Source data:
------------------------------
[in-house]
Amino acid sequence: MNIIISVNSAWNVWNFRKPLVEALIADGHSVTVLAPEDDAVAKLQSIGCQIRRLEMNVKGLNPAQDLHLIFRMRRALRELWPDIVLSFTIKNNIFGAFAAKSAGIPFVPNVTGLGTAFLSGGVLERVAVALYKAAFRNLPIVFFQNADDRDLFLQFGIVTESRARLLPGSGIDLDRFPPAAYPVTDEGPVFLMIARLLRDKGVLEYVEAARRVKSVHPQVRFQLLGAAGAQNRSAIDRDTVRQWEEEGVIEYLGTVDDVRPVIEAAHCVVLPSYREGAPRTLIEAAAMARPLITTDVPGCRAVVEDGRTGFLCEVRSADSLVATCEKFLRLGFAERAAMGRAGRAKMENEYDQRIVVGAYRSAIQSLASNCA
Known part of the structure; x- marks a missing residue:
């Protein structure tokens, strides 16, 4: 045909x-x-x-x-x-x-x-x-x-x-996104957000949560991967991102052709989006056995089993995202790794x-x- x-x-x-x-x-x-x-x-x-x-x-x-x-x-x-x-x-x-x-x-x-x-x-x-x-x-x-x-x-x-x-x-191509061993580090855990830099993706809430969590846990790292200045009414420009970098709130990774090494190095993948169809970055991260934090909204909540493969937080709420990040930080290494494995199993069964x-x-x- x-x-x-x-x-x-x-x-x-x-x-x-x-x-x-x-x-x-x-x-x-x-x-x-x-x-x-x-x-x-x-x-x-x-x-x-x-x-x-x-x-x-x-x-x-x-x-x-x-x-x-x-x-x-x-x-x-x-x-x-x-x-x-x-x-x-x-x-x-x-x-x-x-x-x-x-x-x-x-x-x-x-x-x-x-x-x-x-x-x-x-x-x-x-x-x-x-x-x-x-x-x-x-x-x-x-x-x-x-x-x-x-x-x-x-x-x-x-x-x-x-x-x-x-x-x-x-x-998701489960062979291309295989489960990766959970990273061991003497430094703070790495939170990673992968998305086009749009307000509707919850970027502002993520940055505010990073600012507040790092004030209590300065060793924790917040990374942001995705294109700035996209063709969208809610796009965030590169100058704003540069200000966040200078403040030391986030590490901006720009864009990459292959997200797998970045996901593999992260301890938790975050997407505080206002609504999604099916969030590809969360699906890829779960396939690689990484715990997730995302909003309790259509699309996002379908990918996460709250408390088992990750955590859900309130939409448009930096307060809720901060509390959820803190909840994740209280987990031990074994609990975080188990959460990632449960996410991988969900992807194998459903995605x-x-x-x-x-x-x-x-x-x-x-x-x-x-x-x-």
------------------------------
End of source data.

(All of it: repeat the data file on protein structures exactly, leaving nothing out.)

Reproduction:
[in-house]
Amino acid sequence: MNIIISVNSAWNVWNFRKPLVEALIADGHSVTVLAPEDDAVAKLQSIGCQIRRLEMNVKGLNPAQDLHLIFRMRRALRELWPDIVLSFTIKNNIFGAFAAKSAGIPFVPNVTGLGTAFLSGGVLERVAVALYKAAFRNLPIVFFQNADDRDLFLQFGIVTESRARLLPGSGIDLDRFPPAAYPVTDEGPVFLMIARLLRDKGVLEYVEAARRVKSVHPQVRFQLLGAAGAQNRSAIDRDTVRQWEEEGVIEYLGTVDDVRPVIEAAHCVVLPSYREGAPRTLIEAAAMARPLITTDVPGCRAVVEDGRTGFLCEVRSADSLVATCEKFLRLGFAERAAMGRAGRAKMENEYDQRIVVGAYRSAIQSLASNCA
Known part of the structure; x- marks a missing residue:
């Protein structure tokens, strides 16, 4: 045909x-x-x-x-x-x-x-x-x-x-996104957000949560991967991102052709989006056995089993995202790794x-x- x-x-x-x-x-x-x-x-x-x-x-x-x-x-x-x-x-x-x-x-x-x-x-x-x-x-x-x-x-x-x-x-191509061993580090855990830099993706809430969590846990790292200045009414420009970098709130990774090494190095993948169809970055991260934090909204909540493969937080709420990040930080290494494995199993069964x-x-x- x-x-x-x-x-x-x-x-x-x-x-x-x-x-x-x-x-x-x-x-x-x-x-x-x-x-x-x-x-x-x-x-x-x-x-x-x-x-x-x-x-x-x-x-x-x-x-x-x-x-x-x-x-x-x-x-x-x-x-x-x-x-x-x-x-x-x-x-x-x-x-x-x-x-x-x-x-x-x-x-x-x-x-x-x-x-x-x-x-x-x-x-x-x-x-x-x-x-x-x-x-x-x-x-x-x-x-x-x-x-x-x-x-x-x-x-x-x-x-x-x-x-x-x-x-x-x-x-998701489960062979291309295989489960990766959970990273061991003497430094703070790495939170990673992968998305086009749009307000509707919850970027502002993520940055505010990073600012507040790092004030209590300065060793924790917040990374942001995705294109700035996209063709969208809610796009965030590169100058704003540069200000966040200078403040030391986030590490901006720009864009990459292959997200797998970045996901593999992260301890938790975050997407505080206002609504999604099916969030590809969360699906890829779960396939690689990484715990997730995302909003309790259509699309996002379908990918996460709250408390088992990750955590859900309130939409448009930096307060809720901060509390959820803190909840994740209280987990031990074994609990975080188990959460990632449960996410991988969900992807194998459903995605x-x-x-x-x-x-x-x-x-x-x-x-x-x-x-x-």